1. Have your child receive a pre-participation physical – See your pediatrician or sports medicine physician for a physical to make sure your kid is healthy enough to participate in sports.  If he/she has any areas of pain, see a physician or physical therapist for evaluation.  An ounce of prevention is worth a pound of cure.
  2. Encourage warm up before activity – Warming up before activity allows for increased blood flow to muscles, which increases flexibility and strength resulting in decreased likelihood of pulling a muscle.  Try a 5-minute warm up consisting of high knees, arm circles, hip circles, heel raises, squats, jumping jacks, toy soldier walks, carioca, side steps, and lunges (30 sec each).  
  3. Allow for proper cool down after activity – Cooling down allows for the heart to gradually return to its resting level.  Using the same 5-minute warm up routine in reverse works well.  Stretching after activity is recommended and should consist of 30 second holds for 3 repetitions, per muscle group.
  4. Learn proper form & training habits – Utilize the many professionals available to you to ensure safe exercise and body mechanics.  This includes coaches, physicians, physical therapists, and athletic trainers.  Most injuries occur due to fatigue combined with poor form.  Practice doesnt make perfect…perfect practice makes perfect.
  5. Increase training gradually – Use the 10% rule.   Do not increase weight, repetitions, mileage, or pace by more than 10% per week.   This allows ample time for the body to recover.
  6. Get the right equipment – Make sure shoes fit properly and are designed for the right sport.  For example, baseball/softball cleats are not the same as soccer cleats.
  7. Hydrate properly – Some athletes forget to drink water regularly, especially kids.  Dehydration leads to cramping and muscle dysfunction.  Drink water every 30 minutes, more on those hot Summer days!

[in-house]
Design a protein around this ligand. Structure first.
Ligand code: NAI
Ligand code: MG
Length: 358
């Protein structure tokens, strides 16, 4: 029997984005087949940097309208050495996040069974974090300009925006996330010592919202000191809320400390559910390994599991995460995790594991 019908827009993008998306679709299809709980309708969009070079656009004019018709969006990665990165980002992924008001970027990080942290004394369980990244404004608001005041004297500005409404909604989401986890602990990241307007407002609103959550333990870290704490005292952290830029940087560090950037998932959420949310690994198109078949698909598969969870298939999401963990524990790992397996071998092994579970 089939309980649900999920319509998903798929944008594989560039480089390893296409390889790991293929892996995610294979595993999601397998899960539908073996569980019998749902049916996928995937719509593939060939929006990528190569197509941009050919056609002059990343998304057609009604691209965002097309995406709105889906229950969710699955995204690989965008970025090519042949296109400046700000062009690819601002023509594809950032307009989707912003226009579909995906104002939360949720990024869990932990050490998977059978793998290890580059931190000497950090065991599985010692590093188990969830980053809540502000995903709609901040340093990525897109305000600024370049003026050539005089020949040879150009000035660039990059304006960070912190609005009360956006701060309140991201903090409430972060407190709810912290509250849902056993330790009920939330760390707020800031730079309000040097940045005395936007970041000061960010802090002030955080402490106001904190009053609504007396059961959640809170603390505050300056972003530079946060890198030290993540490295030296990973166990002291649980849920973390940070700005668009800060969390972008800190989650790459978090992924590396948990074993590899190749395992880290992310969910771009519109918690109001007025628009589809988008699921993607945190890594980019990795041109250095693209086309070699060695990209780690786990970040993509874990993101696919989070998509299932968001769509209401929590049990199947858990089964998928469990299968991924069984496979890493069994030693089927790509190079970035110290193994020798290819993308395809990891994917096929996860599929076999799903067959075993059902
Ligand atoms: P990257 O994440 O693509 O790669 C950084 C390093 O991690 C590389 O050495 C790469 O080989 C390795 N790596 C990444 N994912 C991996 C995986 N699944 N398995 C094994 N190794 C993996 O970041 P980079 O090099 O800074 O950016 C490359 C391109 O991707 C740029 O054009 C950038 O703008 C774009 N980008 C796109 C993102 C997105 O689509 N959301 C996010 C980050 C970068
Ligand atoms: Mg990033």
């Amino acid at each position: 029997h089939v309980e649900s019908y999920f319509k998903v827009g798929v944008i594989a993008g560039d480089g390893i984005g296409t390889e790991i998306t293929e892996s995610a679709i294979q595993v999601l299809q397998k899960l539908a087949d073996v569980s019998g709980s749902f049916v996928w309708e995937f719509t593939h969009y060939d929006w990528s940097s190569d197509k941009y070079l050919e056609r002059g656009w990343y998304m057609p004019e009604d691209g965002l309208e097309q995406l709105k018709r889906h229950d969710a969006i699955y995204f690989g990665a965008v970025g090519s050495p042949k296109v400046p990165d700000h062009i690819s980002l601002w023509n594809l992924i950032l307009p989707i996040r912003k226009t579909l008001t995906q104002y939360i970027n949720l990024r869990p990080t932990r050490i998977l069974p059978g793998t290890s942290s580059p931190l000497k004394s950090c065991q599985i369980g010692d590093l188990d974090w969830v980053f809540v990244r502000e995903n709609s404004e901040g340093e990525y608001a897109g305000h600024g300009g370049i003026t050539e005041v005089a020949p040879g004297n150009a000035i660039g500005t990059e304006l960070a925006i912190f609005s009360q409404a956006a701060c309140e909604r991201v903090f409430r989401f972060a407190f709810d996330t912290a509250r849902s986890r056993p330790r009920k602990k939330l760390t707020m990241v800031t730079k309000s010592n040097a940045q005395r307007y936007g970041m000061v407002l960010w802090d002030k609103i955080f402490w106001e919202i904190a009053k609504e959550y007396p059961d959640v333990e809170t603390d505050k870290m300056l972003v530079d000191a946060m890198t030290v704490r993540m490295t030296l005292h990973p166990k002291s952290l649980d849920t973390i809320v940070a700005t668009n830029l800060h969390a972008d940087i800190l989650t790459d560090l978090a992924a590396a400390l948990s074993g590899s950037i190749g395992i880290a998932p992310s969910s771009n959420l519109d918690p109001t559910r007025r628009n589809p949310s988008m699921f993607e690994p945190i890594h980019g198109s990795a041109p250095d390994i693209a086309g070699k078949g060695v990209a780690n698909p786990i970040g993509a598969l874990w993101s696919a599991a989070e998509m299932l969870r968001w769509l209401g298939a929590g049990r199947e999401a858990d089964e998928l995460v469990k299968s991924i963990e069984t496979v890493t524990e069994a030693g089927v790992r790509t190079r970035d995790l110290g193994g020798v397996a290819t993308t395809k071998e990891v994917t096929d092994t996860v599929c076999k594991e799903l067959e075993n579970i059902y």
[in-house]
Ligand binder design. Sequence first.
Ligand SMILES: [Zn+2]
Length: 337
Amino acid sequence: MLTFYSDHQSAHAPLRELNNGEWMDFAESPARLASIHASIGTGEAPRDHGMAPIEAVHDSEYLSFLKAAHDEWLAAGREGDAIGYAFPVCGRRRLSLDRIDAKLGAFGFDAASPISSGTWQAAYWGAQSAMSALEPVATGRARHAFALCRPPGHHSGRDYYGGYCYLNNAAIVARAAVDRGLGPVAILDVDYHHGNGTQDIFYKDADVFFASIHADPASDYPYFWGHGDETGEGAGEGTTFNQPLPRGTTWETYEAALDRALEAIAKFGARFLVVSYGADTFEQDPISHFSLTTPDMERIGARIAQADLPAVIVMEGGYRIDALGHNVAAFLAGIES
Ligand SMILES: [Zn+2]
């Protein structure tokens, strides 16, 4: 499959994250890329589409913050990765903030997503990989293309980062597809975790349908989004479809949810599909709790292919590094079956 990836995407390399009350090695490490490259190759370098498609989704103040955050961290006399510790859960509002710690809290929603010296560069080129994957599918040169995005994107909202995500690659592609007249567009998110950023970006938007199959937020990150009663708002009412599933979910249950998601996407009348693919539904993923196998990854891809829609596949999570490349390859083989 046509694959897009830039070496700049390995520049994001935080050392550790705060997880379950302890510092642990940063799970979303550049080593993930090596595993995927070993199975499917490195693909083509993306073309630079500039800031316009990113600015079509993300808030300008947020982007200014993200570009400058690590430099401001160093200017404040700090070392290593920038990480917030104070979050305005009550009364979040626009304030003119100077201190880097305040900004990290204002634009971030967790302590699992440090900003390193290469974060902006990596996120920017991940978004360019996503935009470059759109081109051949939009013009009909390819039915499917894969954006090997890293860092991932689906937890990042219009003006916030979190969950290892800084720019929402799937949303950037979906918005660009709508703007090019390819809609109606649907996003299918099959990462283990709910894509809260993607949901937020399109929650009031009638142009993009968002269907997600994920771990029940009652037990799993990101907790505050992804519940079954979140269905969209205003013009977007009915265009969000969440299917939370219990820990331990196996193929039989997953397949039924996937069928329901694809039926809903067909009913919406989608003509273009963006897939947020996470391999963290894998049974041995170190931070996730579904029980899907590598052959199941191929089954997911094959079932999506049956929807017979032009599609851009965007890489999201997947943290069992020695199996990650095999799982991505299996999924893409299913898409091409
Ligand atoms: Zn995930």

8. Rest – The body needs rest.  The overwhelming majority of injuries are due to overuse. Allow for adequate recovery time between practices, games, and sports.  
  9. Play multiple sports – There are so many leagues out there with opportunities for kids to play the same sport year-round.  This is a recipe for injury.  Encourage your kids to play in different sports so they can use different muscles and learn new motor patterns.  Resting a particular body part for 2-3 months will allow for optimal muscle recovery and prevent injury.
  10. Have fun – The body tends to stay relaxed & loose when you are having fun.  Let your kids play the sports they love and remember that although healthy competition is great, too much pressure for success can increase stress.  Elevated stress levels can result in tight muscles and indecisiveness during sport.  You are less likely to get hurt while smiling.



Dr. Matt Johnson, DPT
Physical Therapist
Team Rehabilitation
2727 N Clark St
Chicago, IL 60614

About the Author:

Matt owns a physical therapy clinic in the Lincoln Park/Lakeview East area. His clinic specializes in treatment and prevention of orthopedic & sports injuries. Matt is residency and fellowship-trained, holding advanced certifications in the assessment and treatment of muscle & joint pain. He played several sports growing up and continues to stay active through running, baseball, and golf. He loves working with both kids and parents, helping them to achieve their personal wellness goals. Assisting others to maintain an optimal quality of life and a healthy lifestyle is his priority. Contact him if you have muscle or joint pain, limited range of motion, muscle weakness, or impaired balance. Physical therapists are movement scientists, specializing in human movement and function.